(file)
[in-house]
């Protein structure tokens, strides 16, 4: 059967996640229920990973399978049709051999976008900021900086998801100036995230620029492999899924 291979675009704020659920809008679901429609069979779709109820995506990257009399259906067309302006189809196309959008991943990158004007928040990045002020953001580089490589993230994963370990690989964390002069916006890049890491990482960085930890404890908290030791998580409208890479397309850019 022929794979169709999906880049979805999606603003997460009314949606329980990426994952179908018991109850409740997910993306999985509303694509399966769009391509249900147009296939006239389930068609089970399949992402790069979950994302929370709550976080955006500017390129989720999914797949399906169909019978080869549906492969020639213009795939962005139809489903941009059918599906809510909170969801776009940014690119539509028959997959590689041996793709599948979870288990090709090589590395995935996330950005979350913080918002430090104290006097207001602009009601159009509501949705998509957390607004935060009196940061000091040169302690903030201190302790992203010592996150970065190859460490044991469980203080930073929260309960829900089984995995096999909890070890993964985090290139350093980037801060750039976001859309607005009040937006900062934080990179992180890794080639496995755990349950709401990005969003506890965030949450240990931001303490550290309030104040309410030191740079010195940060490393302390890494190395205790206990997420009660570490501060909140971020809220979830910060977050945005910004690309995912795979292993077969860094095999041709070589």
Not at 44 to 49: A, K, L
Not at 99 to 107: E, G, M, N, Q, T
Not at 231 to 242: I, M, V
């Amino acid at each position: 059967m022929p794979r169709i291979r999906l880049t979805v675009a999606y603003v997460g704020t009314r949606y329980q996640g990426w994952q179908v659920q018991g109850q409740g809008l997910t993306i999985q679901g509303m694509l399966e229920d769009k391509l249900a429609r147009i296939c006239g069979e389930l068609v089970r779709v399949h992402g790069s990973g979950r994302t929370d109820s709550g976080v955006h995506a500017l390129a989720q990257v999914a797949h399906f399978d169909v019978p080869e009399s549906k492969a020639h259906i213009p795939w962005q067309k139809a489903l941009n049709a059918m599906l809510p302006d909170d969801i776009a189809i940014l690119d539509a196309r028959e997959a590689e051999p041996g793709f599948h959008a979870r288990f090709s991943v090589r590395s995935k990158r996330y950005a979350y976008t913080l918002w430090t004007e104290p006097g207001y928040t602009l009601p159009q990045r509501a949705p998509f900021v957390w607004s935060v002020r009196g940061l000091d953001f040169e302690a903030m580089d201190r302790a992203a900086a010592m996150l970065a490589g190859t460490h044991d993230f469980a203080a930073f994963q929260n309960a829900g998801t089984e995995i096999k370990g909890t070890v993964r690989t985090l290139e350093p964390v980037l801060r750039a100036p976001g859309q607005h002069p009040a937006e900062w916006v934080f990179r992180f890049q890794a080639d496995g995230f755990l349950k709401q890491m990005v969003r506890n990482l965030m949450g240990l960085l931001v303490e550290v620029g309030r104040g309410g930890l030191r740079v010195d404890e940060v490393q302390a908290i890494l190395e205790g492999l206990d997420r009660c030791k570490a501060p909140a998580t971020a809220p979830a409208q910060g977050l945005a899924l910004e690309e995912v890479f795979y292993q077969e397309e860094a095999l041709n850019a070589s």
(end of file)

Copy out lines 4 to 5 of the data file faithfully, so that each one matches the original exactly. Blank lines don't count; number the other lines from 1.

Not at 99 to 107: E, G, M, N, Q, T
Not at 231 to 242: I, M, V